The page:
On a personal level, we know the kind of effort it takes to understand opposing views, say, among two friends or close relatives.  How much listening, weighing of another person’s life history, struggles, family influences, successes and failures, loves, losses and (most stubbornly concealed) sources of shame.  Try as we might, we can miss the real reasons behind seemingly irreconcilable differences.  But because we care about these individuals, we keep trying–observing, storing information, pondering.  One could call this reflective attention.  Some mysteries do seem to open up in time.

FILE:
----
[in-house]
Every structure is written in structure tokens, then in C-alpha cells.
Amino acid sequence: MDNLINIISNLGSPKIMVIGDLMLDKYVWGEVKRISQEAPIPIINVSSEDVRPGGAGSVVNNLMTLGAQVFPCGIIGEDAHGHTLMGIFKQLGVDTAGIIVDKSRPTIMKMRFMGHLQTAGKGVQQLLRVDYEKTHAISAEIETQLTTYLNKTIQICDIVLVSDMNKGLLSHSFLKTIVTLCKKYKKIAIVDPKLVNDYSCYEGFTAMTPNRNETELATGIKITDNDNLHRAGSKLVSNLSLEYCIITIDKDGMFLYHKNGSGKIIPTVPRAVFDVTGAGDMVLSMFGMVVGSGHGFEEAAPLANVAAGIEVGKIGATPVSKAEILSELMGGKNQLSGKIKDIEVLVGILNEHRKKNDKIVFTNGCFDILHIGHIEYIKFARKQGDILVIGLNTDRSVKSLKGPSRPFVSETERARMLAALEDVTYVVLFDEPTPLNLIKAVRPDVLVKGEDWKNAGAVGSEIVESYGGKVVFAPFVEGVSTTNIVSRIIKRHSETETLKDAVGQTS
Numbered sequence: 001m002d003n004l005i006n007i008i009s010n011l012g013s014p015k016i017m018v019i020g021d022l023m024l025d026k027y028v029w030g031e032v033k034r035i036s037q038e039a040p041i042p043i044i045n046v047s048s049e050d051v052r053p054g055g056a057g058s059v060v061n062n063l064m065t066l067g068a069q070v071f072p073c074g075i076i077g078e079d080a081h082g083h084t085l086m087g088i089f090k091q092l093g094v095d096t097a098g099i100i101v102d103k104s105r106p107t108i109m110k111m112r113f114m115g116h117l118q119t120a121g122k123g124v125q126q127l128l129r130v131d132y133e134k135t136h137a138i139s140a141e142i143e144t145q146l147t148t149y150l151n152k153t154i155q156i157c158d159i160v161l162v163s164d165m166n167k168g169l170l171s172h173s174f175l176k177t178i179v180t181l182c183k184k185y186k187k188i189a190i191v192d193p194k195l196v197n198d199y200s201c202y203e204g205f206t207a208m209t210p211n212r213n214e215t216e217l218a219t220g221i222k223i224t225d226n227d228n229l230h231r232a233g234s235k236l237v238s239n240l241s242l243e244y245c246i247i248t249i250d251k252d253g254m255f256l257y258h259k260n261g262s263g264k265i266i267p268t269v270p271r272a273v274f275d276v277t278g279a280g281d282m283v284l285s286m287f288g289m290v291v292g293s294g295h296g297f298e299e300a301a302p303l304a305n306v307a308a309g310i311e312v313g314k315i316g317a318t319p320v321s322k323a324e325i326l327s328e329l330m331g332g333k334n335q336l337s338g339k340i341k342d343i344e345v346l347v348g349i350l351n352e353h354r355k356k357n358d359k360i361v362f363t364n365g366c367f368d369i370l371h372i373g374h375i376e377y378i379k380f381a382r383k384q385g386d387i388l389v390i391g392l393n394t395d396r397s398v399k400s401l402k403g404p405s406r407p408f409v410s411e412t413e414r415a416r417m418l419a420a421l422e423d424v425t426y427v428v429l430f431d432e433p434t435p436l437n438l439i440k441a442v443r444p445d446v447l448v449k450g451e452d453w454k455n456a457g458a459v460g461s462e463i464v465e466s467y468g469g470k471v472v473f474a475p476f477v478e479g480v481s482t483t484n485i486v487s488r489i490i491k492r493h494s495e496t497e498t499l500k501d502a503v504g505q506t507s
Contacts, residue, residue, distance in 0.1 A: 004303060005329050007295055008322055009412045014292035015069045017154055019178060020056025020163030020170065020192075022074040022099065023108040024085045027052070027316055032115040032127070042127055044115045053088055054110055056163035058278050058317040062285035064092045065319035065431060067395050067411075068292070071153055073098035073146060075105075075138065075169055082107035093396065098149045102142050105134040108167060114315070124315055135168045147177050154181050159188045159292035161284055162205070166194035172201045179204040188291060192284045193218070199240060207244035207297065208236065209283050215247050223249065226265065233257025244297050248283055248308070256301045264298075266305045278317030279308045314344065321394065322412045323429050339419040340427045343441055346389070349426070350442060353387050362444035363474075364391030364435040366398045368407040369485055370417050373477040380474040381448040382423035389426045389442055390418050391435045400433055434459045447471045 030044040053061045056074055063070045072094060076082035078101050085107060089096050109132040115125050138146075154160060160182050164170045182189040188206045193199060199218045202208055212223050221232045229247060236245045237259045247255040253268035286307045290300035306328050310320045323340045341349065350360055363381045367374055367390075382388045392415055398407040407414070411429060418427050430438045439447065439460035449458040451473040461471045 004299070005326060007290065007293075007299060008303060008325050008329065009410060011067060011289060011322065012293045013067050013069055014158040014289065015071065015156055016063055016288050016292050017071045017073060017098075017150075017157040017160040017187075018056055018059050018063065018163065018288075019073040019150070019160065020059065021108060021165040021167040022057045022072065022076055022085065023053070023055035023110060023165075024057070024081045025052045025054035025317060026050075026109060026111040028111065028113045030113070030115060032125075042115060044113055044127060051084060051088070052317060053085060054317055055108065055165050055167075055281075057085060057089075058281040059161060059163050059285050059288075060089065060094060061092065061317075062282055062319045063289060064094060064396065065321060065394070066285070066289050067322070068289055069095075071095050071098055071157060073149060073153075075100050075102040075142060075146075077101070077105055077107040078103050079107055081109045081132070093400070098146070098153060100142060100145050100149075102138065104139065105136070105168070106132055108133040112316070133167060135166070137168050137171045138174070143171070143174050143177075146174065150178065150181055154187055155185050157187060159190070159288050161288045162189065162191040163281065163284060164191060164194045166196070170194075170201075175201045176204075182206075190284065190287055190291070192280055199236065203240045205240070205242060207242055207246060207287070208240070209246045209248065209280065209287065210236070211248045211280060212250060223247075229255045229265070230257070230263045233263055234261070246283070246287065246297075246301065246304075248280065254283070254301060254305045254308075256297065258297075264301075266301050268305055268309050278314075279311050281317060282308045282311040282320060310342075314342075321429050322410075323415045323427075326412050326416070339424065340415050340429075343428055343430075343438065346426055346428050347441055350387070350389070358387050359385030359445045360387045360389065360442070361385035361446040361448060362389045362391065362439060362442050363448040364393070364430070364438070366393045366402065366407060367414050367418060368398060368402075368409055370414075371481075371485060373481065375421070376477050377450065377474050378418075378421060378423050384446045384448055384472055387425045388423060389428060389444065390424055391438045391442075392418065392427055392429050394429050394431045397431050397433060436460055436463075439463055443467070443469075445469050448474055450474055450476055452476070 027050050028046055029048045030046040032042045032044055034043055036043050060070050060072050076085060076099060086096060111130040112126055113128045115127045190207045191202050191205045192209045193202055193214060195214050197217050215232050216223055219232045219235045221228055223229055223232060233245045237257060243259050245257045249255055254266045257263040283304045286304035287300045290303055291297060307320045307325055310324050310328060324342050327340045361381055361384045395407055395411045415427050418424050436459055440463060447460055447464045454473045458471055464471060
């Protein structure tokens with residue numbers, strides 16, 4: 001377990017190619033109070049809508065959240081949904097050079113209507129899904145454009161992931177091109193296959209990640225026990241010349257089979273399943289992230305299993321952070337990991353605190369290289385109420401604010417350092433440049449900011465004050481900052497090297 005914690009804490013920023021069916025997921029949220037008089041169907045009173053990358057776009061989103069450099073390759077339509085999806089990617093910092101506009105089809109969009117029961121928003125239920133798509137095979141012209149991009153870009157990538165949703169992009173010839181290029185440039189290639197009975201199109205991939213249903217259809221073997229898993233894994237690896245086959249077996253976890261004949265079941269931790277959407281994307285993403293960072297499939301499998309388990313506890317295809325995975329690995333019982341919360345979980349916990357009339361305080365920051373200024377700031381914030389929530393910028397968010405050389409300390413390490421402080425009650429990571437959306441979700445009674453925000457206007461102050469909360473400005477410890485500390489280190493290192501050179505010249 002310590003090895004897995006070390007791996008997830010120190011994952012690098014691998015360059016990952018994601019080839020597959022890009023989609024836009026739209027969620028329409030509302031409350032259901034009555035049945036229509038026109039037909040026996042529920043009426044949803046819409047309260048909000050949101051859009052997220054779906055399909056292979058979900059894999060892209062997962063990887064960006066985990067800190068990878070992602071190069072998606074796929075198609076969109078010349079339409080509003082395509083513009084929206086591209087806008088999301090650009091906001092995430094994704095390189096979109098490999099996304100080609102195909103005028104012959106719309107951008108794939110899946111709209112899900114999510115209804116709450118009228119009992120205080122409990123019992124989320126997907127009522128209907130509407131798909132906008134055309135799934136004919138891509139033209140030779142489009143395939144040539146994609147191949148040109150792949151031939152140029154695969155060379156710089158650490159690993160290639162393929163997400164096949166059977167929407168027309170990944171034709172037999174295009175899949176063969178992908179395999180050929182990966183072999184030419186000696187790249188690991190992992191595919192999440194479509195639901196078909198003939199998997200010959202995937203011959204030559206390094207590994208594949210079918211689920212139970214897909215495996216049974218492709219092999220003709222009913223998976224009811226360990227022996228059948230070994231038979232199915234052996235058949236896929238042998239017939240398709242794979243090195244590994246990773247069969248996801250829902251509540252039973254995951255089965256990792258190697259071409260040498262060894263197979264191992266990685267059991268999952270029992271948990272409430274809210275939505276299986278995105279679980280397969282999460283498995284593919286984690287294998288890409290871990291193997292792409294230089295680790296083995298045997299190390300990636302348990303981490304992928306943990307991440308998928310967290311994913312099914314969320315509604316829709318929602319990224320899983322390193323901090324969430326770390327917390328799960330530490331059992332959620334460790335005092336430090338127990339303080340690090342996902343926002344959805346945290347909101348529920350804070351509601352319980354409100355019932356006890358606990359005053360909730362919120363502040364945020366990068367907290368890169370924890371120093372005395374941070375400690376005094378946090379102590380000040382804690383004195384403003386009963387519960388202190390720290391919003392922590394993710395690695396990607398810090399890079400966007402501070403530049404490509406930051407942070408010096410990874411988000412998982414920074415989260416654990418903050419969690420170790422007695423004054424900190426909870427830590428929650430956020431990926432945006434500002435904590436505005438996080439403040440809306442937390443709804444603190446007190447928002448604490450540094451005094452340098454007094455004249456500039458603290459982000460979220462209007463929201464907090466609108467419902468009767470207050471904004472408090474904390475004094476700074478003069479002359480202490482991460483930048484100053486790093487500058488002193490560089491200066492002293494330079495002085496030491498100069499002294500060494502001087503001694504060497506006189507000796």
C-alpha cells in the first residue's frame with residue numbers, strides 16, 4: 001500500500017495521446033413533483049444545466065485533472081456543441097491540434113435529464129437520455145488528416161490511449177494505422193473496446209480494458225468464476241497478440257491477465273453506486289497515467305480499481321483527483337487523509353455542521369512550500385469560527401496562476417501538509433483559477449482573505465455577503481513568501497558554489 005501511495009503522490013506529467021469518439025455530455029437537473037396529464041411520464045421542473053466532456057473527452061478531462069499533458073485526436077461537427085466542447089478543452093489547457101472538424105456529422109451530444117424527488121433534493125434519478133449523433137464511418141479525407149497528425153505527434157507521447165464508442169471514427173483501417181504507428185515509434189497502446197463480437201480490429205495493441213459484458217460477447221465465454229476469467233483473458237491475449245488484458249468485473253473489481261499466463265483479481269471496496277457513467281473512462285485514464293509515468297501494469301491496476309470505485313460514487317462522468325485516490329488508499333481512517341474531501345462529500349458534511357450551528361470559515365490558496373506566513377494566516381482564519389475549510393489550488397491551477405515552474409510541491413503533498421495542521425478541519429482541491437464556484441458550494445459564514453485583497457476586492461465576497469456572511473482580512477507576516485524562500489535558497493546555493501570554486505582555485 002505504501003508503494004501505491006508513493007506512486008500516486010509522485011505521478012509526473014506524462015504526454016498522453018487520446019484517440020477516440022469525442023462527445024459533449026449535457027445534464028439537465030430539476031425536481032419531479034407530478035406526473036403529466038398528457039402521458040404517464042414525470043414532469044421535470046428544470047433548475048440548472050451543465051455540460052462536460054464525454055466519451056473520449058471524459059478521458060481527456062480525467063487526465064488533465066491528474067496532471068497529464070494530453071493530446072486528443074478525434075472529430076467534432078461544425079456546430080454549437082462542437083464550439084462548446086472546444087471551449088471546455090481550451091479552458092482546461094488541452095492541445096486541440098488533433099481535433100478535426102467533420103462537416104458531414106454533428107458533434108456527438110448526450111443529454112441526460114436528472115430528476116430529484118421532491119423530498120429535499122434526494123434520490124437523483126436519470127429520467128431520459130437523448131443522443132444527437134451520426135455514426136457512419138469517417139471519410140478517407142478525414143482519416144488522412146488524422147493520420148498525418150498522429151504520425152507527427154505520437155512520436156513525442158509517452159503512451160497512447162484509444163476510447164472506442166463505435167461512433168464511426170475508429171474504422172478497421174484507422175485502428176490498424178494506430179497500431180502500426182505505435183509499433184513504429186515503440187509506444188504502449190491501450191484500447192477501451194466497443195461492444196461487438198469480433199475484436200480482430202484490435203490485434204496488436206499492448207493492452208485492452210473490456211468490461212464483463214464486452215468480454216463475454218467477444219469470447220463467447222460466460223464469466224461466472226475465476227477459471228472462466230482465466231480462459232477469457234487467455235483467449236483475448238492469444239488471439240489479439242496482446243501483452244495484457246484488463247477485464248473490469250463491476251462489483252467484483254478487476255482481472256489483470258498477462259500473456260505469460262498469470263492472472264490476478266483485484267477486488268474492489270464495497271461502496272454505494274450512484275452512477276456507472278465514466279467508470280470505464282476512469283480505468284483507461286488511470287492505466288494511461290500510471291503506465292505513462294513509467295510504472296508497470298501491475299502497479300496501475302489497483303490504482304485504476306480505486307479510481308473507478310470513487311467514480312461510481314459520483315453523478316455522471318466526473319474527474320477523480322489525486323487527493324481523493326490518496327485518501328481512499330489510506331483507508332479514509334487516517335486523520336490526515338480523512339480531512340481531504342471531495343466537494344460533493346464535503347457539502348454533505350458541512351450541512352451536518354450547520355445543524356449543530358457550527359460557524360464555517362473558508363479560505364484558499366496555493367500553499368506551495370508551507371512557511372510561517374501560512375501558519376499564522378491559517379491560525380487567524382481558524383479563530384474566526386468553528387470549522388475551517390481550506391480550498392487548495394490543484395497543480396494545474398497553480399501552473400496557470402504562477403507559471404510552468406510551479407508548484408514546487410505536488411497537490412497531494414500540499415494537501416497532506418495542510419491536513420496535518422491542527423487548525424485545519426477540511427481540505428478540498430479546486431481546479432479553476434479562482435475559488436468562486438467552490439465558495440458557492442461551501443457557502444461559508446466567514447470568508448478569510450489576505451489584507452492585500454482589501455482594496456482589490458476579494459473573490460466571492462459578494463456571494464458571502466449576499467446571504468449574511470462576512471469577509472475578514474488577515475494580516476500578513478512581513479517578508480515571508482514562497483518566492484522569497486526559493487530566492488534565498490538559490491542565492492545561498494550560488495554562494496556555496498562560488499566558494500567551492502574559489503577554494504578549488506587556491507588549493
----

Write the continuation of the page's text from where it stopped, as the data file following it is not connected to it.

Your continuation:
Because of the recent revelations about how food industry giants have done their utmost to get us to eat more often and in larger more fattening proportions, I recently gained insight on a long-ago disconnect with a former friend. The last time I’d socialized with her was years ago in the late afternoon, at her place, when her daughter came home from middle school saying she was hungry.  My friend offered the already overweight girl a large box of cookies, and returned to our conversation.  Her daughter stayed with us, and I must have shown concern–never mentioning it, of course–that the child was eating her way through the entire box–at least 20 cookies–and her mother was not even reminding her that they’d be having supper soon.